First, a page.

The long exposure of Gulangyu to foreign influences, in particular western classical music, has had a profound effect. It is known as the Island of Pianos and claims to have more pianos per head than anywhere else in China (but how can they know?) It remains unclear if this calculation includes the inmates of the piano museum next to the garden.

The collection of the Gulangyu born Australian-Chinese pianist Hu Youyi is open to the public. I know little about pianos and had never visited a piano museum before, but when in Gulangyu….
It was surprisingly interesting. We saw pianos with famous names, Steinway, Bechstein and others, the world’s largest upright piano, a piano that once belonged to the German royal family and the world’s oldest rectangular piano. There were oddities, too, a piano with one half of the key board and strings at right angles to the other so that it fitted into the corner of a room and a piano with eight pedals (soft, loud, wah wah, fuzz box, accelerator, brake, clutch and gin-and-tonic). Sadly, photographs were not allowed.
As we, and many other visitors, made the walk back to the ferry port rain started to fall. We raised our umbrella as it became harder and very soon the streets were awash with running water. By the time we reached the terminal it was hammering down, but an officious security man, standing sheltered beneath an awning, made everybody wait in a long queue as he carefully checked all documents. The queue bunched up, attempting to crowd under the awning, umbrellas keeping heads dry while sluicing torrents of water down neighbours’ legs.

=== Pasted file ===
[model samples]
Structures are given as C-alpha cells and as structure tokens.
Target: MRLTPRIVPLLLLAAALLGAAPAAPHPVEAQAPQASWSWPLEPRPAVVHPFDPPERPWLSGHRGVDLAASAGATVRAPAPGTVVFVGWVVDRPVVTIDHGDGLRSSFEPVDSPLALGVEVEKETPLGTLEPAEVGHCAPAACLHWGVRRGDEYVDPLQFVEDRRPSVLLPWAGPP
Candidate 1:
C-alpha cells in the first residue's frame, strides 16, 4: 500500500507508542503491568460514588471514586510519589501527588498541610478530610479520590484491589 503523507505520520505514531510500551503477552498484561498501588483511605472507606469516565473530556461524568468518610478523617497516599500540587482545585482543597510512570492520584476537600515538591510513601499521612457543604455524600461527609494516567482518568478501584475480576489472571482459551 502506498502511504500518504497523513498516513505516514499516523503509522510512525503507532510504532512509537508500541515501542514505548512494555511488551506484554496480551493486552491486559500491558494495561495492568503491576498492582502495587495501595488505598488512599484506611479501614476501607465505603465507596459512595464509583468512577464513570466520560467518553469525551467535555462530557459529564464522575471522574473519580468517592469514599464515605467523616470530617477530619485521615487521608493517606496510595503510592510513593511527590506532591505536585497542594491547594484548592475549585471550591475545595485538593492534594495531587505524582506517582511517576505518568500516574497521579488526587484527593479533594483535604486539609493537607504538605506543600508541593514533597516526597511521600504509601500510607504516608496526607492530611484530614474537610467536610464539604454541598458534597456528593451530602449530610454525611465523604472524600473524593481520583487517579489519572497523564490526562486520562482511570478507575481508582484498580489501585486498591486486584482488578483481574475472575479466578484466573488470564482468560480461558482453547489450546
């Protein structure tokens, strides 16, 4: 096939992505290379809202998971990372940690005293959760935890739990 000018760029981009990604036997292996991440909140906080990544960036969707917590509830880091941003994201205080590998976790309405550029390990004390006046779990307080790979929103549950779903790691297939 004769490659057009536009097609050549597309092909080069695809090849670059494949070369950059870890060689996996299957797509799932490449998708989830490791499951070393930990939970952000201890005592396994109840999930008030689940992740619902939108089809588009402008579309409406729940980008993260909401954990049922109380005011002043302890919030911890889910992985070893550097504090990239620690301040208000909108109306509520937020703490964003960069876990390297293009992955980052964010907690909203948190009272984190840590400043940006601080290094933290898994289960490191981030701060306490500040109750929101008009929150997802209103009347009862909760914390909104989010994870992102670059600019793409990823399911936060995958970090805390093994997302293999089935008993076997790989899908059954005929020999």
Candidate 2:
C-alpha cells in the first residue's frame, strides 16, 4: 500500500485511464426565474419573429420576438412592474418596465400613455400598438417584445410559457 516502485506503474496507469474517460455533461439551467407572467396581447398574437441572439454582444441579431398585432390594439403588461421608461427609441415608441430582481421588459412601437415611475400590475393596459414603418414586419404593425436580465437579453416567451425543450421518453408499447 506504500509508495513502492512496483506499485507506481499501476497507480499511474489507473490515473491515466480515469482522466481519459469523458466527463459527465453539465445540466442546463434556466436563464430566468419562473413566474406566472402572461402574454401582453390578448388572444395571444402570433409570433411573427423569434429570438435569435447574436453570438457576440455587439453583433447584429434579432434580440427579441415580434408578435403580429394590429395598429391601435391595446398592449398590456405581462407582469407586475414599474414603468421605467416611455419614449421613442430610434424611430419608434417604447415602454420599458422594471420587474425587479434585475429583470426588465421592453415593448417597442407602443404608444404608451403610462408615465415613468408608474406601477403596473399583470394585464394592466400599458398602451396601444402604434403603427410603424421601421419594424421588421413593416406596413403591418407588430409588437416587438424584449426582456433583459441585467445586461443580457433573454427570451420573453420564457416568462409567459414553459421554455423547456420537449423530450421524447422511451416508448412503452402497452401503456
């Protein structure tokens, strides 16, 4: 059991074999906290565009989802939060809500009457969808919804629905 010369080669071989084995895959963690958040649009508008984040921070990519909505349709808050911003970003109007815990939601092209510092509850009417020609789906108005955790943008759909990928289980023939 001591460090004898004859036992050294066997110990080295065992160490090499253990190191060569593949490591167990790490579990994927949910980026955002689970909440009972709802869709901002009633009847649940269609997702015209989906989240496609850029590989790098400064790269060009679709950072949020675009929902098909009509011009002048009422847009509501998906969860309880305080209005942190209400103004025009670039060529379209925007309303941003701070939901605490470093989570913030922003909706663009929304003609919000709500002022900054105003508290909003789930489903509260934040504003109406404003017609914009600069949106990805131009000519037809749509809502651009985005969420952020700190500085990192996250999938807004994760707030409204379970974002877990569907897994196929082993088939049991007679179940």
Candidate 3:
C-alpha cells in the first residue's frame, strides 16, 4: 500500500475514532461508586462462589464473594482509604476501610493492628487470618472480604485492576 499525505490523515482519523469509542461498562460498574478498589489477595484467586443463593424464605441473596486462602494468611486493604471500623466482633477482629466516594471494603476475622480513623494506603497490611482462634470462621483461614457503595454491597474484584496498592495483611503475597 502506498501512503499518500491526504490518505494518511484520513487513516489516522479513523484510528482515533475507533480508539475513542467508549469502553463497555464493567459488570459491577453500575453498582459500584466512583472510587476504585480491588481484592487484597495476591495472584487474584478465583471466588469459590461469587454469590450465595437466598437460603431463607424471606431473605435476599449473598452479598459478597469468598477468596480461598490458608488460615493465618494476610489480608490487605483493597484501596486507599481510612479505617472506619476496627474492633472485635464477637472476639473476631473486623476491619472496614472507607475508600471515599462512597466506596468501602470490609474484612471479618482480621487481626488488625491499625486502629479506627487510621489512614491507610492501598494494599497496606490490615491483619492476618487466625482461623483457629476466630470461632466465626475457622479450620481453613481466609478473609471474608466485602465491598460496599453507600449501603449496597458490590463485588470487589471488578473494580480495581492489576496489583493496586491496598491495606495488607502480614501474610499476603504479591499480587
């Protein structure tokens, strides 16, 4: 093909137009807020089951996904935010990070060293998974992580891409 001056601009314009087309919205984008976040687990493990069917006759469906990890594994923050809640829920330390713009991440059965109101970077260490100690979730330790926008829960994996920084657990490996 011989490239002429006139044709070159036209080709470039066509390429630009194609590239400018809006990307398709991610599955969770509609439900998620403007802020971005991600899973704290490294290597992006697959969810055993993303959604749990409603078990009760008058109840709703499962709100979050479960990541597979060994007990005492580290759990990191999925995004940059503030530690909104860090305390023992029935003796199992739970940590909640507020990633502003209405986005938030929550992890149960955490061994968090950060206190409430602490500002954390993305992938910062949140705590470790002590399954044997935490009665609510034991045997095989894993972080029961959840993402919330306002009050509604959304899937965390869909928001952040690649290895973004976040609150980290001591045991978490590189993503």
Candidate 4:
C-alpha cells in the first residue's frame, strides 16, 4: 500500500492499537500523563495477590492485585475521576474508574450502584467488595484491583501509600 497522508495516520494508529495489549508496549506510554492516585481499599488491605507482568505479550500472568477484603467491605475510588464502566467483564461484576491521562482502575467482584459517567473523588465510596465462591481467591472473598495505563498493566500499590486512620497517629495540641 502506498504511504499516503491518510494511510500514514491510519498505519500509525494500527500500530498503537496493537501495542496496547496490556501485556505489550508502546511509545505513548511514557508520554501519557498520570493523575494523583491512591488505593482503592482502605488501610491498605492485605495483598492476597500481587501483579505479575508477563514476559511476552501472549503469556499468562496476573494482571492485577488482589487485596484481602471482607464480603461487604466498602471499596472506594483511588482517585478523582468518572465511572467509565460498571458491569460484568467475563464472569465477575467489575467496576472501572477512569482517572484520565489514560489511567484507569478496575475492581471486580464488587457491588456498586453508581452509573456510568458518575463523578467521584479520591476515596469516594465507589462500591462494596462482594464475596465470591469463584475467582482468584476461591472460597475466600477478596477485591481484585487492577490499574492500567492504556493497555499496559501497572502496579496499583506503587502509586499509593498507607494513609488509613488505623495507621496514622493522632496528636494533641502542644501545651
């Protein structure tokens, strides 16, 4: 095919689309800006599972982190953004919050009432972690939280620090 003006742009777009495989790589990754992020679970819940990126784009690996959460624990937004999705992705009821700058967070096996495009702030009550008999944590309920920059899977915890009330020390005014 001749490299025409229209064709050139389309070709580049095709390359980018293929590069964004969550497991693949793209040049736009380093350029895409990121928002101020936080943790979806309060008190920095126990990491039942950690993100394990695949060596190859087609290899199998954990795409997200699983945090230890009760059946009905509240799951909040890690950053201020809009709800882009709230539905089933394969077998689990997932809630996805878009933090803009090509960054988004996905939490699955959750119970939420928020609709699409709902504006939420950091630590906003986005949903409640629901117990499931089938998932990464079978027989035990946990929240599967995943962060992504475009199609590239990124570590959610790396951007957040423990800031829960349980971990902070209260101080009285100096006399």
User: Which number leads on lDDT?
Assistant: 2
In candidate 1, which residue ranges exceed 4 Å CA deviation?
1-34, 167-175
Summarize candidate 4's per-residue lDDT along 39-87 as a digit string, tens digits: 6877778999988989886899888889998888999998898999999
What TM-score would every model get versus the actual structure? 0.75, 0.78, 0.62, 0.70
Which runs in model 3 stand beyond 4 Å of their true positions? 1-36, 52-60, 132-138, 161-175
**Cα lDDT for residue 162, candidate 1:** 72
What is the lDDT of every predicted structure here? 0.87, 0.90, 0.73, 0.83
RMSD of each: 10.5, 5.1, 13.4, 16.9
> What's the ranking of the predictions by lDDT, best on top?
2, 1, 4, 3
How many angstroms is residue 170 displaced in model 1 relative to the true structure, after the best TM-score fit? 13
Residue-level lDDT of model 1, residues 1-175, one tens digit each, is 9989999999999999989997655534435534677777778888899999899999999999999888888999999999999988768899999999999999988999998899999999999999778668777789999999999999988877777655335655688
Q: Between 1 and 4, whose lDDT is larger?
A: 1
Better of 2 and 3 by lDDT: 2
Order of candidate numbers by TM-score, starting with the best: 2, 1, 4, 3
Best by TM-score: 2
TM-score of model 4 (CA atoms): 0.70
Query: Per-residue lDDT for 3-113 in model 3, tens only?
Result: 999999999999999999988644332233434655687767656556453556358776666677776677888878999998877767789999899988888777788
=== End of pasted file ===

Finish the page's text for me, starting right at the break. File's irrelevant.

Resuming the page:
We were distinctly damp by the time we found our way into the holding pen. It was only a short wait for the bumpy ferry ride, but by the time we arrived the rain had gone and darkness had fallen.
Waiting for the ferry, Gulangyu Island, Xiamen
According to our original itinerary we should also have visited the19th century Hulishan Fortress. It was no great loss, but from the heights we might have seen the Kinmen Islands. Although the shortest distance from Lesser Kinmen to Xiamen is only 4km, it is part of the Republic of China not the People’s Republic of China, and the Kinmens are administered from Taiwan, 200km away. Kinmen was repeatedly shelled in the 1950s, and the islands were under military rule until the mid-90s, but tensions have eased and there is now substantial tourist and commercial travel between the mainland and Kinmen where the economy and population, now 130,000 strong, are booming.
I thought you might want to refer to the map again, I'm thoughtful like that
Our hotel was a tower block in a residential estate of such blocks, indeed its original purpose seemed to have been residential too, as we had a kitchen (equipped only with a kettle) as well as a bathroom. We sat on the enclosed balcony drinking tea and eating the mooncakes S had given us as a welcome present. Very few windows in the other blocks were lit up. These structures have been thrown up by the thousand in cities all over China; I struggle to see how they function as investments when most appear largely empty, but after more than a decade the building boom shows no sign of abating.
We were still too full of lunch to think about dinner, so we ate some peanuts and enjoyed a dram or two of the firewater we had bought in Hangzhou.